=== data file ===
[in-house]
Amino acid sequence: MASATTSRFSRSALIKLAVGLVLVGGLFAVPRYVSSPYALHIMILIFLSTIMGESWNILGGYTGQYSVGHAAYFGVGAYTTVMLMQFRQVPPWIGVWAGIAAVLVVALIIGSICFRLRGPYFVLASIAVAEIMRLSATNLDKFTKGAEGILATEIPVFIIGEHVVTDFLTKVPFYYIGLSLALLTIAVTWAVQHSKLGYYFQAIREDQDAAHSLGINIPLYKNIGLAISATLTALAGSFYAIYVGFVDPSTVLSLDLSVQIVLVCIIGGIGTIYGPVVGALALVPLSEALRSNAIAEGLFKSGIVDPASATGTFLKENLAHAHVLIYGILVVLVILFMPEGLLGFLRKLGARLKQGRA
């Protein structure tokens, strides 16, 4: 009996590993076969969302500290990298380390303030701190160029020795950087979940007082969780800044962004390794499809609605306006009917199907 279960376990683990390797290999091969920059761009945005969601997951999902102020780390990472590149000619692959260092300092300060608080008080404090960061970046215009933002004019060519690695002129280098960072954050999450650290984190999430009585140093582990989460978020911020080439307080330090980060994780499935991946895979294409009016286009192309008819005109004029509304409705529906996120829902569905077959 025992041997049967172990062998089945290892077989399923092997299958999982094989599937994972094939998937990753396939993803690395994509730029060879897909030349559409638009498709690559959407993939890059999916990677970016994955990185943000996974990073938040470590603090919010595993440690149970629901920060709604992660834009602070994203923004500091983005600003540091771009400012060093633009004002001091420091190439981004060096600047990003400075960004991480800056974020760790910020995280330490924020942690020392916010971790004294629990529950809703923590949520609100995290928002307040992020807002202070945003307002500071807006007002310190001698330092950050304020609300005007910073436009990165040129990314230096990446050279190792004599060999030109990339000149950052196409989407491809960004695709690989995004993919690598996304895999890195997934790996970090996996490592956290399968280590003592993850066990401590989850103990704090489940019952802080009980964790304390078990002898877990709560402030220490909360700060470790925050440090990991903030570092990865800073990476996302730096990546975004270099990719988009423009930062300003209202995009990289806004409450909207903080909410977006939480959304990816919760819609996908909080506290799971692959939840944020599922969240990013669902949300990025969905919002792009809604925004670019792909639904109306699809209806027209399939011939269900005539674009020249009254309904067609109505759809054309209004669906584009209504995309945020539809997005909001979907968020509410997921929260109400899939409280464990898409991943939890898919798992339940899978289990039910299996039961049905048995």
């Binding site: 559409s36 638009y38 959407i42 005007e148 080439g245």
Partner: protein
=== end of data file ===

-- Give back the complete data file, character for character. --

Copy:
[in-house]
Amino acid sequence: MASATTSRFSRSALIKLAVGLVLVGGLFAVPRYVSSPYALHIMILIFLSTIMGESWNILGGYTGQYSVGHAAYFGVGAYTTVMLMQFRQVPPWIGVWAGIAAVLVVALIIGSICFRLRGPYFVLASIAVAEIMRLSATNLDKFTKGAEGILATEIPVFIIGEHVVTDFLTKVPFYYIGLSLALLTIAVTWAVQHSKLGYYFQAIREDQDAAHSLGINIPLYKNIGLAISATLTALAGSFYAIYVGFVDPSTVLSLDLSVQIVLVCIIGGIGTIYGPVVGALALVPLSEALRSNAIAEGLFKSGIVDPASATGTFLKENLAHAHVLIYGILVVLVILFMPEGLLGFLRKLGARLKQGRA
């Protein structure tokens, strides 16, 4: 009996590993076969969302500290990298380390303030701190160029020795950087979940007082969780800044962004390794499809609605306006009917199907 279960376990683990390797290999091969920059761009945005969601997951999902102020780390990472590149000619692959260092300092300060608080008080404090960061970046215009933002004019060519690695002129280098960072954050999450650290984190999430009585140093582990989460978020911020080439307080330090980060994780499935991946895979294409009016286009192309008819005109004029509304409705529906996120829902569905077959 025992041997049967172990062998089945290892077989399923092997299958999982094989599937994972094939998937990753396939993803690395994509730029060879897909030349559409638009498709690559959407993939890059999916990677970016994955990185943000996974990073938040470590603090919010595993440690149970629901920060709604992660834009602070994203923004500091983005600003540091771009400012060093633009004002001091420091190439981004060096600047990003400075960004991480800056974020760790910020995280330490924020942690020392916010971790004294629990529950809703923590949520609100995290928002307040992020807002202070945003307002500071807006007002310190001698330092950050304020609300005007910073436009990165040129990314230096990446050279190792004599060999030109990339000149950052196409989407491809960004695709690989995004993919690598996304895999890195997934790996970090996996490592956290399968280590003592993850066990401590989850103990704090489940019952802080009980964790304390078990002898877990709560402030220490909360700060470790925050440090990991903030570092990865800073990476996302730096990546975004270099990719988009423009930062300003209202995009990289806004409450909207903080909410977006939480959304990816919760819609996908909080506290799971692959939840944020599922969240990013669902949300990025969905919002792009809604925004670019792909639904109306699809209806027209399939011939269900005539674009020249009254309904067609109505759809054309209004669906584009209504995309945020539809997005909001979907968020509410997921929260109400899939409280464990898409991943939890898919798992339940899978289990039910299996039961049905048995």
């Binding site: 559409s36 638009y38 959407i42 005007e148 080439g245």
Partner: protein